CARTER: We'll see when they go at it Monday night. That's your "Bleacher Report" update. Back to you, Alison.

KOSIK: OK, Joe Carter, thank you.

And tonight, daredevil Nik Wallenda, he's going to try to become the first man to tightrope walk -- try to say that three times -- tightrope walk across the Grand Canyon without a safety harness. Last summer he crossed the Niagara Falls wearing a tether.

Wallenda is the great grandson of Carl Wallenda, a famous acrobat who plunged to his death. Four other family members have died while performing. Wallenda says they're his inspiration.


NIK WALLENDA, TIGHTROPE WALKER: When you're walking at a height greater than the Empire State Building, it can play tricks on your mind, so it's important that I'm always in control of those thoughts. And one of the challenges leading up to a big walk like this is all the media that wants to talk about the doom and gloom.

This is real. This is untethered. This isn't like Niagara Falls, where my network partner came in and said I had to wear a tether. This is with the Discovery Channel and they believe in me and they're allowing me to do this with no tether.

So, this is life-or-death, this crossing. And it's important that I'm mentally in control of everything.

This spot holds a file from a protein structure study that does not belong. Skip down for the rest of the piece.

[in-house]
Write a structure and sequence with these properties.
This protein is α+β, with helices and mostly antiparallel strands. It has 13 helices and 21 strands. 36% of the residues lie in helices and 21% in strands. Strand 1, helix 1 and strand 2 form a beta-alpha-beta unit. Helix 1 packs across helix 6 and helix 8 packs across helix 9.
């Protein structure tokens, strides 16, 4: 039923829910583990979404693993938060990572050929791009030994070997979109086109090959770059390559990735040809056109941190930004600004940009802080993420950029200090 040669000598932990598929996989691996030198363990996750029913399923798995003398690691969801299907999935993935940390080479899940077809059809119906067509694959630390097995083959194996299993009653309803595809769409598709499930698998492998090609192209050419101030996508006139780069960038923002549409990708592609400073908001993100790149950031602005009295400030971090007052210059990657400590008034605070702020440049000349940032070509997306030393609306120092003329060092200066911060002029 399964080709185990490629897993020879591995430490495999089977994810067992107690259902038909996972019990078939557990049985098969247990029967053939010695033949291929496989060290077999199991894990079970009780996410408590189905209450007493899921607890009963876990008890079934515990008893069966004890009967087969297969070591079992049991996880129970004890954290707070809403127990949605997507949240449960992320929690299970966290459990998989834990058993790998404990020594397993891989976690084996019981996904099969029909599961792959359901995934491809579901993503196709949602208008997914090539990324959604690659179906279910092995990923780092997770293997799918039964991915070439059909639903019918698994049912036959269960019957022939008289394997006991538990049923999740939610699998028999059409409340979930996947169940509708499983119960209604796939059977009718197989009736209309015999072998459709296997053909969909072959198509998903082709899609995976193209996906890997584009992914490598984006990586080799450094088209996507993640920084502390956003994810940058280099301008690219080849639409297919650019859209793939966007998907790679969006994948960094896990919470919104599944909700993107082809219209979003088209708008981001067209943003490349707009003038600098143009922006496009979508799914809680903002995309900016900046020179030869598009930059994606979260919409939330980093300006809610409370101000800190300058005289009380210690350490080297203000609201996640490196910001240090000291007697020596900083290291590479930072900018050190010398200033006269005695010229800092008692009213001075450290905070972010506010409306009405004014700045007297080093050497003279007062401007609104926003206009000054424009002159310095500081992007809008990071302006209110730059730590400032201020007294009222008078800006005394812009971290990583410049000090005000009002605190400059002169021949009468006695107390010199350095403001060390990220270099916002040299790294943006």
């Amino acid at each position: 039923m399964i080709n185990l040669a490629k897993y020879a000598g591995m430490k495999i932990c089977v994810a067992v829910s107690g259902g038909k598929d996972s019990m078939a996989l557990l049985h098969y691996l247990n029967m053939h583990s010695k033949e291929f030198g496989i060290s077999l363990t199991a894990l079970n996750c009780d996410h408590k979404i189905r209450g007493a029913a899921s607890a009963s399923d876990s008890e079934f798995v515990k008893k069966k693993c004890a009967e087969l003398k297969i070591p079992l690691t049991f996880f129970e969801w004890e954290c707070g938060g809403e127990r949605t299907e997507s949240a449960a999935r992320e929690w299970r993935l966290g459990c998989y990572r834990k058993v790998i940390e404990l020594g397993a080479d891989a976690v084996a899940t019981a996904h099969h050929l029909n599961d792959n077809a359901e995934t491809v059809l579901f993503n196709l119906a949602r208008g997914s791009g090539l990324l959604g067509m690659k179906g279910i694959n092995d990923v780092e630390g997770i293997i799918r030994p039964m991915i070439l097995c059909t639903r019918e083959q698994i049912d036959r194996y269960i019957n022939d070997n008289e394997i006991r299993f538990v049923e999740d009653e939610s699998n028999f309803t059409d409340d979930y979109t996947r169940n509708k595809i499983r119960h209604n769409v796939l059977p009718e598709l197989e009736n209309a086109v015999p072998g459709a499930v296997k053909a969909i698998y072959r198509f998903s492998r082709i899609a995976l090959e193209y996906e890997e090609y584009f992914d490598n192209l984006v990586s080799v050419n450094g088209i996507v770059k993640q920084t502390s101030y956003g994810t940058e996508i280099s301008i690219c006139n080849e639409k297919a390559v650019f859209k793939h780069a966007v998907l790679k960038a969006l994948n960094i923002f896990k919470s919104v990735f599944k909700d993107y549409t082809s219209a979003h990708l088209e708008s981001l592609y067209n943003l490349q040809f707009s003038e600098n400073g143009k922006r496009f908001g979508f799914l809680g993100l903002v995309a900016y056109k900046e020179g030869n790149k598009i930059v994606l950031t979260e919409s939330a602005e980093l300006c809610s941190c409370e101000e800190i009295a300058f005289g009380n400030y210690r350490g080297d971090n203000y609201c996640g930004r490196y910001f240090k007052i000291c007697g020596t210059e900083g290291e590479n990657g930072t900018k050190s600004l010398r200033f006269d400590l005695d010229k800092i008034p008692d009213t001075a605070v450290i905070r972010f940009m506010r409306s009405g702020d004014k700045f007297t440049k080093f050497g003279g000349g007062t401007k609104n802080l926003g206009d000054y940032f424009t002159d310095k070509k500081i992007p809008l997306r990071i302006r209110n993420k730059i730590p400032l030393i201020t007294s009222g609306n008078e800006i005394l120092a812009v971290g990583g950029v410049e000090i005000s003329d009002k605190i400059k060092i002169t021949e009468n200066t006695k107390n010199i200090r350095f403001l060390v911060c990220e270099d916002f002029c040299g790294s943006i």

KOSIK: Want to watch it? "Skywire Live" with Nik Wallenda airs tonight on the Discovery Channel at 8:00 pm Eastern.

There is plenty still ahead, including the latest on Edward Snowden. He's out of Hong Kong, but where is he headed?

Murky floodwater eight rows deep in the Calgary Flames' stadium. Now more misery could be on the way for this hockey-loving city.

Plus it was the vacation of a lifetime. Now it's nothing short of a nightmare. Last Sunday, Father's Day, a high school teen vanished in the mountains of Ecuador. The trip was the young valedictorian's graduation present. More on the search-and-rescue efforts coming up.


KOSIK: Good morning. Bottom of the hour now. Welcome back, everyone. I'm Alison Kosik. Here are five things you need to know this morning.

Number one is what the whereabouts are of Edward Snowden. The admitted NSA leaker left Hong Kong earlier this morning. Reports say he's on the way to Russia. In fact, a tweet from Wikileaks says that Snowden is in Russian air space right now traveling with legal advisers of Wikileaks. We're going to update you with new information as we get it.

A decision that could change the course of the George Zimmerman murder trial ahead of Monday's opening statements. The judge ruled testimony from the state's witnesses who analyzed just who was screaming on 911 calls cannot be used. Jurors will still be allowed to hear the 911 call.

Number three, the home of New England Patriots tight end Aaron Hernandez searched again this weekend as police investigate the killing of a friend of his who was found shot to death a half mile away from his home. Police dogs and officers in latex gloves could be seen entering the home and leaving with brown paper evidence bags, but Hernandez has not been named a suspect and it's not clear what investigators were looking for.

Number four, Secretary of State John Kerry casting doubt on the future of U.S. talks with the Taliban, saying they need to "get back on track in order to push forward." Talks were supposed to happen this week in Doha, but the U.S. is waiting for a Taliban response on a date. Secretary Kerry is in Qatar for those talks.